Updated November 19, 2009    
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OWCP and Anthrax



The Department of Labor has instituted a new policy in response to the rising concerns over anthrax. See below.

Letter carriers may have questions about OWCP coverage of medical testing, doctor visits, antibiotics and time lost from work due to possible exposure. Some initial answers are as follows:

  • Medical testing: The Postal Service is covering the costs associated with preliminary testing for exposure to anthrax spores. OWCP does not cover these costs.
  • Doctor visits: Initial visits for preliminary testing are also covered by the Postal Service. However, follow-up visits may be at OWCP expense—if an occupational link is established.
  • Antibiotics: The Postal Service has agreed to pay for preventative antibiotic treatments. Once the condition has been diagnosed, OWCP will cover all future treatments.
  • Lost time: When the Postal Service requires testing, employees will remain on the clock during testing. When testing is not required, employees may take sick leave to have tests conducted.


OWCP Policy Regarding Anthrax
The Office has received a number of inquiries regarding the
workers' compensation coverage of Federal civilian employees who may have been exposed to anthrax. Generally, costs associated with preliminary testing to determine whether an employee may have experienced anthrax exposure would not be covered under workers' compensation. Services to screen for or prevent occupational diseases can be provided by the employing agency under the provisions of 5 U.S.C. 7901.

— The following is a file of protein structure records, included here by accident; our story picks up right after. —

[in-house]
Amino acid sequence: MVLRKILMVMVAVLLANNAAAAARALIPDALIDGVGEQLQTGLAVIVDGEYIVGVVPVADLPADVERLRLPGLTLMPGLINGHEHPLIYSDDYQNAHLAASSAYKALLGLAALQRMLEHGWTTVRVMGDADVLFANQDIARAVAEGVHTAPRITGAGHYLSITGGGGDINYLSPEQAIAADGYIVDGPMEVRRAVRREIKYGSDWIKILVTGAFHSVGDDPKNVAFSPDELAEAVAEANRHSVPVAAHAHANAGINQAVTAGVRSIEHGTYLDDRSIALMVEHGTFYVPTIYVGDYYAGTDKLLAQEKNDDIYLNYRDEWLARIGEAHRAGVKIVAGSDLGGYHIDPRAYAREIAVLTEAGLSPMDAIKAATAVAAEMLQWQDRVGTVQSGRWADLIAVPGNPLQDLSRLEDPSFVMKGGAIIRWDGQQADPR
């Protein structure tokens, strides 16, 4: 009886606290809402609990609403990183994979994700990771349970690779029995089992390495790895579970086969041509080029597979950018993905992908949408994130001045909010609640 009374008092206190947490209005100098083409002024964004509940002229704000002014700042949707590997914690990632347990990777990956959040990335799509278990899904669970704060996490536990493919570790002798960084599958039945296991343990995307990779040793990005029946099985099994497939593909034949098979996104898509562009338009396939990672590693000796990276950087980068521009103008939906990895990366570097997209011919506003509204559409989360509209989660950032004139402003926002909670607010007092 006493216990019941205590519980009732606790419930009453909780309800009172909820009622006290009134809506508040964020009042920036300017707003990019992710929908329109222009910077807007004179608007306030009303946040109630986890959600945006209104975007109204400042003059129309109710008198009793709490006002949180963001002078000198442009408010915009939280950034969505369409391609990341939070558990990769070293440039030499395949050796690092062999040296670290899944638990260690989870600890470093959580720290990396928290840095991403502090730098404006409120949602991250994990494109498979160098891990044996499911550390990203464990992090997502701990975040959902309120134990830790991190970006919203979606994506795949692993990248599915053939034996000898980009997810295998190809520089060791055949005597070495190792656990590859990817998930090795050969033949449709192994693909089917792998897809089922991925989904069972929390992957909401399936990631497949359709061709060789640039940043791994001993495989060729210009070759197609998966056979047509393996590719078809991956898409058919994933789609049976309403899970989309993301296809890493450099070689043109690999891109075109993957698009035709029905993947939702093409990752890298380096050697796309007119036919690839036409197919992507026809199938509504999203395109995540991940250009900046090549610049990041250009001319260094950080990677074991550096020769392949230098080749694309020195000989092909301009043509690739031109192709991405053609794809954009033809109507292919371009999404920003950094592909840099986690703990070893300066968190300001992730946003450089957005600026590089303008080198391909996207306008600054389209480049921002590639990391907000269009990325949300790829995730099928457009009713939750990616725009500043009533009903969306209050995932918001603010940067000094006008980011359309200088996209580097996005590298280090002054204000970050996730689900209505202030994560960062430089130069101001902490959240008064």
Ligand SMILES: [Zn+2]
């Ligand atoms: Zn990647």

The Office of Workers' Compensation Programs (OWCP) has no
statutory authority to pay for routine screening or preventative services, because
the Federal Employees' Compensation Act only provides for medical treatment of an actual injury or occupational disease. However, preventative care can be authorized by OWCP when there is probable exposure to a known contaminant, thereby requiring disease-specific measures against infection.

When a Federal employee tests positive for anthrax exposure, and
this exposure likely occurred in the workplace, a claim can be submitted to OWCP. The Office can authorize payment for the treatment rendered to prevent illness.



OWCP guidance on filing
for workplace exposure